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Koprowski v. Manatee County

District Court of Appeal of Florida, Second District
Jan 29, 1988
519 So. 2d 78 (Fla. Dist. Ct. App. 1988)


No. 87-784.

January 29, 1988.

Appeal from the Circuit Court, Manatee County, Scott M. Brownell, J.

Kenneth D. Henderson of Blalock, Landers, Walters and Vogler, P.A., Bradenton, for appellants.

Jeanne M. McClean of Lane, Trohn, Clarke, Bertrand Williams, P.A., Bradenton, for appellee.

The plaintiff below, Rita Koprowski, sued Manatee County seeking damages for injuries she allegedly received as a result of an accident on a county beach on February 1, 1983. Her husband joined as a plaintiff seeking damages for loss of consortium. From an adverse summary final judgment, the Koprowskis filed this appeal.

Ms. Koprowski alleged she was struck by a large rescue-type surfboard used by the county's lifeguards as she was walking near the lifeguard tower. She contended that the board had been negligently placed against the tower by the county's lifeguard, and as a result of such negligence she was injured.

Upon conclusion of discovery proceedings, the trial court heard the county's motion for summary judgment. In their depositions, Ms. Koprowski and her sister, Ms. Jones, stated that a county lifeguard had propped a rescue board about ten feet long and weighing between 35 and 50 pounds against the lifeguard stand and left the beach. It was a windy day and as the two women were walking toward their car, a distance of some 10 to 20 feet from the stand, the rescue board became airborne and struck Ms. Koprowski on her left leg. According to Ms. Koprowski, the board travelled some 10 to 15 feet before striking her.

The county lifeguard on duty at the station where the accident occurred was deposed. He said that when he returned from lunch on the day of the accident he found the board about 25 feet from the stand. He conceded there was a possibility that the wind could have blown the board that far from where he had last placed it. The county's head lifeguard was also deposed. He said it was common practice to prop the rescue boards against the stands but that if they were negligently placed they could flip over. He had observed boards being blown over an estimated distance of six feet.

At the hearing on the county's motion for summary judgment, the trial judge observed

you've got to guess on part of one person who has said that he knows or assumes or guesses or maybe has seen a board flip as far as six feet. And he's only . . . seen the board blow over and travel once or twice . . . And the fact . . . is not sufficient to put the County on notice that — that there is a danger to these things happening.

The trial judge concluded that Ms. Koprowski's injuries were not those of "a group or class reasonably foreseeable by the Plaintiff (sic)" and that "no duty arose on the part of the Defendant to warn or protect Plaintiffs against injuries sustained, because of lack of foreseeability based on the standards of City of Sarasota -vs- Eppard 455 So.2d 623 (Fla. 2 DCA 1984). . . ." The court granted summary final judgment in favor of the county.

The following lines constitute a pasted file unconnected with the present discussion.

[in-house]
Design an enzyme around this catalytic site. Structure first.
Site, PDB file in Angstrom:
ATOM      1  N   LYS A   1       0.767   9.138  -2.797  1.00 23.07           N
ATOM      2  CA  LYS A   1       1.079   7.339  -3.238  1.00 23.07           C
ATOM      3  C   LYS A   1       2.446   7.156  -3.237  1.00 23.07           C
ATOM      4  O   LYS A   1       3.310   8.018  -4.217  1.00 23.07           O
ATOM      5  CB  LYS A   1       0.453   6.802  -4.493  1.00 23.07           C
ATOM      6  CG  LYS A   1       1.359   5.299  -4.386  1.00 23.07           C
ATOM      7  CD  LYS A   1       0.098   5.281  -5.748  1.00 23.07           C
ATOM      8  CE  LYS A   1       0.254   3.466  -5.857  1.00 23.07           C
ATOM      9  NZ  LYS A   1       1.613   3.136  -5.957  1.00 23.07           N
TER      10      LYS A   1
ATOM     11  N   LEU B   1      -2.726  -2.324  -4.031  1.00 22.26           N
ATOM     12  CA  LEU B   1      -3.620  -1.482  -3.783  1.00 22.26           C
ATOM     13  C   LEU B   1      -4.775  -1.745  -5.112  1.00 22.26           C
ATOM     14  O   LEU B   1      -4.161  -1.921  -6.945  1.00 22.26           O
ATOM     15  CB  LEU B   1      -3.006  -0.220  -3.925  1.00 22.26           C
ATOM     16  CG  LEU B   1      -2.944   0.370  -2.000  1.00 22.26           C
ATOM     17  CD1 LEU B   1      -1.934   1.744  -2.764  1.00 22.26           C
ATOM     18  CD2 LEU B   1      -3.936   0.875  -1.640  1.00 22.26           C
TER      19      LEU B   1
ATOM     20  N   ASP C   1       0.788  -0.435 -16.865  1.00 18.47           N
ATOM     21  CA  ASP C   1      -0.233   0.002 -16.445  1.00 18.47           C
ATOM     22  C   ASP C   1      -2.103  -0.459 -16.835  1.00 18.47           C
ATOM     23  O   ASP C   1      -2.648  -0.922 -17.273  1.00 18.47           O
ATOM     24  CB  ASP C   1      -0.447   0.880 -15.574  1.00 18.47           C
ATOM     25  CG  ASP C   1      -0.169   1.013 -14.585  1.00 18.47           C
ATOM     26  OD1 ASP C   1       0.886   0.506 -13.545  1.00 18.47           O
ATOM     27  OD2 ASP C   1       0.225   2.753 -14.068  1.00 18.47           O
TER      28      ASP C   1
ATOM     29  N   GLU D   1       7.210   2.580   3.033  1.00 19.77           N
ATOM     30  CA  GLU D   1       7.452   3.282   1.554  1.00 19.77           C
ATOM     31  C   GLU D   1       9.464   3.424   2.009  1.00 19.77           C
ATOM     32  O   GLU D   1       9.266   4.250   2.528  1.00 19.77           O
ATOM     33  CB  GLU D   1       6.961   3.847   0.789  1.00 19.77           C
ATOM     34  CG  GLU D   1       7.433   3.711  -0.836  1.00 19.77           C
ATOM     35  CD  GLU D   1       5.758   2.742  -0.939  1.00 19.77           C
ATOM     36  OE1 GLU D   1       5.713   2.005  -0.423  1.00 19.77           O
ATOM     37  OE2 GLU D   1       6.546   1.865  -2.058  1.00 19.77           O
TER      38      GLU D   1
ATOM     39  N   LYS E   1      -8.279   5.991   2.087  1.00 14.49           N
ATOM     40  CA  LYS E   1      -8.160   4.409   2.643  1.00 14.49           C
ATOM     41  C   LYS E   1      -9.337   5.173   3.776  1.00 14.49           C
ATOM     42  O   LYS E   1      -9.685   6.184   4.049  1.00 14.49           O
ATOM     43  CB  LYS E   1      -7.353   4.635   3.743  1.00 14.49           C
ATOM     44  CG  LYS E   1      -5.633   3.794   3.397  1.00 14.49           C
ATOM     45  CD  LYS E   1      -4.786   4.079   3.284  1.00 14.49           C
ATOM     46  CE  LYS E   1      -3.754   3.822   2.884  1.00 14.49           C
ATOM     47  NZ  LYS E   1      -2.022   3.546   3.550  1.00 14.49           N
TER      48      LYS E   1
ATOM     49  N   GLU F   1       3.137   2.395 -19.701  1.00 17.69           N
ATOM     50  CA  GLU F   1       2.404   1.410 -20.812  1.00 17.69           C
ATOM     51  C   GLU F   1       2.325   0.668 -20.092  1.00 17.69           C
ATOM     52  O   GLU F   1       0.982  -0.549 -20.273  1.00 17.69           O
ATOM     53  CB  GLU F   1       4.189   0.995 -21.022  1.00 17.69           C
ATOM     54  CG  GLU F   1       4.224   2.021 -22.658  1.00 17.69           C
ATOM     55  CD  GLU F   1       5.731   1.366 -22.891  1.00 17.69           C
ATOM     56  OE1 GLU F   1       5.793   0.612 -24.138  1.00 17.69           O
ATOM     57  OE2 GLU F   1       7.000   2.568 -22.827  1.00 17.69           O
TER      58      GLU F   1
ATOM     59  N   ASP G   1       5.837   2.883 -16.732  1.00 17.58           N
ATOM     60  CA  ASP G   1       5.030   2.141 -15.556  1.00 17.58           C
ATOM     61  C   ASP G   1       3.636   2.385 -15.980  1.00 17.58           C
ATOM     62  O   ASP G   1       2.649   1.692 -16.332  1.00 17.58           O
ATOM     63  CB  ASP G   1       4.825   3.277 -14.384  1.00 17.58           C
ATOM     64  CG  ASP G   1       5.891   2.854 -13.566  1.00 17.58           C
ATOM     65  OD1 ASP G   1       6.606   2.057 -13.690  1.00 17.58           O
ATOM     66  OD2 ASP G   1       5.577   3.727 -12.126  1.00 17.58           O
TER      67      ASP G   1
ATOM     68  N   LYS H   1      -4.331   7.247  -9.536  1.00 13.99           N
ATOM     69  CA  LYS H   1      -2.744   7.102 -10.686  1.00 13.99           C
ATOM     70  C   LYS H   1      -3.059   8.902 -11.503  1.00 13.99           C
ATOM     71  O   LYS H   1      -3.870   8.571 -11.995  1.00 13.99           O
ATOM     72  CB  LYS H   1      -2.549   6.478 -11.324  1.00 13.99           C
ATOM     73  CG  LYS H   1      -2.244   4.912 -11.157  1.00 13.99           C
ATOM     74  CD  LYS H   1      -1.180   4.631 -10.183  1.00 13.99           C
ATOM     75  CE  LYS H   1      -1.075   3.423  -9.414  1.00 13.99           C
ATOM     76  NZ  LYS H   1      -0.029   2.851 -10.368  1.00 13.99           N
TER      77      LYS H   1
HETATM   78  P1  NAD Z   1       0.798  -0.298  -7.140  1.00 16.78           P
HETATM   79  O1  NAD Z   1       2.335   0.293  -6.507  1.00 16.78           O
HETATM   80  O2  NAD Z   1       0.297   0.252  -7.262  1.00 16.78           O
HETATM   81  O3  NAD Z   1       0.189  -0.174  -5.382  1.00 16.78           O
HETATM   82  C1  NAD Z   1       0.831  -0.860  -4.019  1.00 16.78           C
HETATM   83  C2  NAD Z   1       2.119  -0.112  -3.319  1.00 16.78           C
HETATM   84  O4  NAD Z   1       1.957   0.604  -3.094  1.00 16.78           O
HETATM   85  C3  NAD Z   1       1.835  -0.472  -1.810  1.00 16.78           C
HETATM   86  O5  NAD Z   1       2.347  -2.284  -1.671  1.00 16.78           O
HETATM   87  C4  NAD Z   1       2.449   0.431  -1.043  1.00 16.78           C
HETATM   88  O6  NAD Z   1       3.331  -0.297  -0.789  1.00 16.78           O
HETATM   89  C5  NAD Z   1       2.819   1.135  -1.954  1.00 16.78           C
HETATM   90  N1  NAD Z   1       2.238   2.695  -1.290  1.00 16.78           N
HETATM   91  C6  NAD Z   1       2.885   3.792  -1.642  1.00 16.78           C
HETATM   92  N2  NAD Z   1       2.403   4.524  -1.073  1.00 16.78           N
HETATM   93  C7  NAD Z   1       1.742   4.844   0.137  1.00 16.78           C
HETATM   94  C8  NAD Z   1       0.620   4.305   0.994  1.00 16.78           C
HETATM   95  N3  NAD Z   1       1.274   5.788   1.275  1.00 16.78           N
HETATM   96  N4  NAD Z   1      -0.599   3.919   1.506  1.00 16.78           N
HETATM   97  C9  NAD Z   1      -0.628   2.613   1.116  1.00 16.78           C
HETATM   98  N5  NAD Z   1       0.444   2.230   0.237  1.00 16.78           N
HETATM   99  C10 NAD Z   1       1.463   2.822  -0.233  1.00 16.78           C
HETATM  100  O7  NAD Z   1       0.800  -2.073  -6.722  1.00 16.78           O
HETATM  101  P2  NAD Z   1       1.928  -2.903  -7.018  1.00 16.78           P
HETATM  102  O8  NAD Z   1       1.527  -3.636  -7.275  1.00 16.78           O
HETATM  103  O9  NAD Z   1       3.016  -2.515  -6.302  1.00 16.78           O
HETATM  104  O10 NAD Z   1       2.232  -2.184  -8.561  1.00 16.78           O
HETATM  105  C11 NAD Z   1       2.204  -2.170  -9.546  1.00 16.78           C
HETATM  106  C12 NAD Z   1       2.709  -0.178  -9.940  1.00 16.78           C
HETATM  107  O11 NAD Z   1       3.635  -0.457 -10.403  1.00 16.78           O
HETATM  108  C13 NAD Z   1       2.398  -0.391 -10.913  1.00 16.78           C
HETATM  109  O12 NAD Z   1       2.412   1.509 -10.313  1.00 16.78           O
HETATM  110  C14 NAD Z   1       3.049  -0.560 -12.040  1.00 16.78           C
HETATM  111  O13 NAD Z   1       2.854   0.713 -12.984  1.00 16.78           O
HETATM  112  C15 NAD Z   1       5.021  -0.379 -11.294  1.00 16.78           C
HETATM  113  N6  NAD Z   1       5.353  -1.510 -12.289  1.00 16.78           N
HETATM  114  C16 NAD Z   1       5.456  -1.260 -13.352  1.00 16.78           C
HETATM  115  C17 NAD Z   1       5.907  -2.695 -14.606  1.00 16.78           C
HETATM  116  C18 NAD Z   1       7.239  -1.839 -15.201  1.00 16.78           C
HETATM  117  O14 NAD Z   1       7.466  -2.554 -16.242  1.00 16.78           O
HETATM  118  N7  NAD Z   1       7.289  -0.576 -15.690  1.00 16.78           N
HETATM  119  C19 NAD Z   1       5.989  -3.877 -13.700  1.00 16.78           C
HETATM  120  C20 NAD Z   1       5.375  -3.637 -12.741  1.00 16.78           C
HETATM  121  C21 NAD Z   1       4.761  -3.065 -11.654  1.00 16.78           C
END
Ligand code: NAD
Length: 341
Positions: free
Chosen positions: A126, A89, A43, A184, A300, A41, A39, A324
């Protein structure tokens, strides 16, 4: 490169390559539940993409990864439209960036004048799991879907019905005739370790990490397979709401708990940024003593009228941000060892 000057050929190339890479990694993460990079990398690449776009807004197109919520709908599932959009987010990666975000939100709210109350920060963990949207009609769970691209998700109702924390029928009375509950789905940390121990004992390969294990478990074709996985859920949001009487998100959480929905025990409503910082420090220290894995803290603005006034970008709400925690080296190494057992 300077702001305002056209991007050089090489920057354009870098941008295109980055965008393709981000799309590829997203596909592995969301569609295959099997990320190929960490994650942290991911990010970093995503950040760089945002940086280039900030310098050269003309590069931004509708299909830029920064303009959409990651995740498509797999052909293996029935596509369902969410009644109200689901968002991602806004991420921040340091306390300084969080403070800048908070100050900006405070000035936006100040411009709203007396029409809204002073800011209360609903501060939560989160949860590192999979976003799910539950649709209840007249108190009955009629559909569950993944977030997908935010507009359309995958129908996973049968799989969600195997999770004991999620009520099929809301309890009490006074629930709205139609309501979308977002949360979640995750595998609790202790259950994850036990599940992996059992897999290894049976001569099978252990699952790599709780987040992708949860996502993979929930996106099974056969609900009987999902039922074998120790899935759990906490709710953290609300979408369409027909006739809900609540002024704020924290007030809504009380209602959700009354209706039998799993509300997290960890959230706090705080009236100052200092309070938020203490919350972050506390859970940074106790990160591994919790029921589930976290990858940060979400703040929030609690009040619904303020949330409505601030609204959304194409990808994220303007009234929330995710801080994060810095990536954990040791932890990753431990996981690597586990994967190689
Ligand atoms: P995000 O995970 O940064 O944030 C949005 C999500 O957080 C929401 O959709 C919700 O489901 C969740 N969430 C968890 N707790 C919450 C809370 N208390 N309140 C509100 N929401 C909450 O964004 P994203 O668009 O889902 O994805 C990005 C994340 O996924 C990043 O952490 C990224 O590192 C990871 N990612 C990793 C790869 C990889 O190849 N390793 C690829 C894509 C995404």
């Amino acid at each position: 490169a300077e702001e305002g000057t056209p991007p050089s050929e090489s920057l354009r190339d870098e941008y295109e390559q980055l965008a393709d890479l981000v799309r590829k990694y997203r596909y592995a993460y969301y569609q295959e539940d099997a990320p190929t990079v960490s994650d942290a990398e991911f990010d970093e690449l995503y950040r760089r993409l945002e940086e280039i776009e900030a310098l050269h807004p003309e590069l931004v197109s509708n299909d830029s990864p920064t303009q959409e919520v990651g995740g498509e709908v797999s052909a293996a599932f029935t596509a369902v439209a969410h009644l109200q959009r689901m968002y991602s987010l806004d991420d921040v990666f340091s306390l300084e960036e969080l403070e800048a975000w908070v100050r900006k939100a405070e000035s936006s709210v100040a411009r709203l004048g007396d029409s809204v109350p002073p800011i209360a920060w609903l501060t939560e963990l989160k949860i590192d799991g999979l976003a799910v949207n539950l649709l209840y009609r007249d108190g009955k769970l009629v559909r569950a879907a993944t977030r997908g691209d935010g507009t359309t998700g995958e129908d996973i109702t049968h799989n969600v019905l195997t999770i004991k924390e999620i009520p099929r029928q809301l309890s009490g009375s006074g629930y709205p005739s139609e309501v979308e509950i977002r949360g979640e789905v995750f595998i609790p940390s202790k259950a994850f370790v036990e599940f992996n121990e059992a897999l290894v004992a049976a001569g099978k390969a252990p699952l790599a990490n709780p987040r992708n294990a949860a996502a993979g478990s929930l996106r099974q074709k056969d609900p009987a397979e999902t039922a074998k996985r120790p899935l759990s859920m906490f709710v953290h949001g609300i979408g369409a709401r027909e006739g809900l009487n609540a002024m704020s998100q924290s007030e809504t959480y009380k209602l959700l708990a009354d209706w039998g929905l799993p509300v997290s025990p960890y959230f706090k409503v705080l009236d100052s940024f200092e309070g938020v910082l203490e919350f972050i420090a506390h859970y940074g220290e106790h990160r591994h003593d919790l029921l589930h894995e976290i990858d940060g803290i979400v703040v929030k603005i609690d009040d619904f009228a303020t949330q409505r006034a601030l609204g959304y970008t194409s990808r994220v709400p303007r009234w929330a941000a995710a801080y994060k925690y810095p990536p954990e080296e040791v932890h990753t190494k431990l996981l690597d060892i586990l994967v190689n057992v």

In order to establish actionable negligence it is necessary to show that the injury caused ought to have been foreseen by a reasonably prudent person. Stark v. Holtzclaw, 90 Fla. 207, 105 So. 330 (1925). It is not necessary that one be able to foresee the exact nature of the harm done; it is only necessary to foresee that some injury is likely to result. Budet v. K-Mart Corp., 491 So.2d 1248 (Fla. 2d DCA 1986). Here, one of the county's lifeguards testified that when it got windy the boards would either be locked up or laid flat on the ground. Another lifeguard conceded the potential for boards being windblown when not properly secured and even referred to previous instances of this occurring. Ms. Koprowski and her sister testified that it was windy on the day of the accident and that the board was leaning up against the tower. Thus, there was not a factual issue as to foreseeability, and that issue should not have been resolved by summary judgment.

The county's reliance on Eppard is misplaced. There a motorist's vehicle left the roadway and jumped a curb and this court declined to place liability on the City of Sarasota for such an "unlikely activity." Eppard, 455 So.2d at 624. We see a significant difference between a municipality being expected to foresee someone's car leaving a roadway and jumping a curb and county's lifeguard anticipating that on a windy day a surfboard not properly stored may blow into a person nearby on the beach. Where, as here, there are facts to be explored on such issues as foreseeability and proximate cause, a summary judgment is inappropriate. See Burroughs Corp. v. American Druggists' Insurance Co., 450 So.2d 540 (Fla. 2d DCA 1984).

Summary judgment vacated; remanded for further proceedings.

LEHAN and FRANK, JJ., concur.

Summaries of

Koprowski v. Manatee County

District Court of Appeal of Florida, Second District
Jan 29, 1988
519 So. 2d 78 (Fla. Dist. Ct. App. 1988)
Case details for

Koprowski v. Manatee County

Case Details


Court:District Court of Appeal of Florida, Second District

Date published: Jan 29, 1988


519 So. 2d 78 (Fla. Dist. Ct. App. 1988)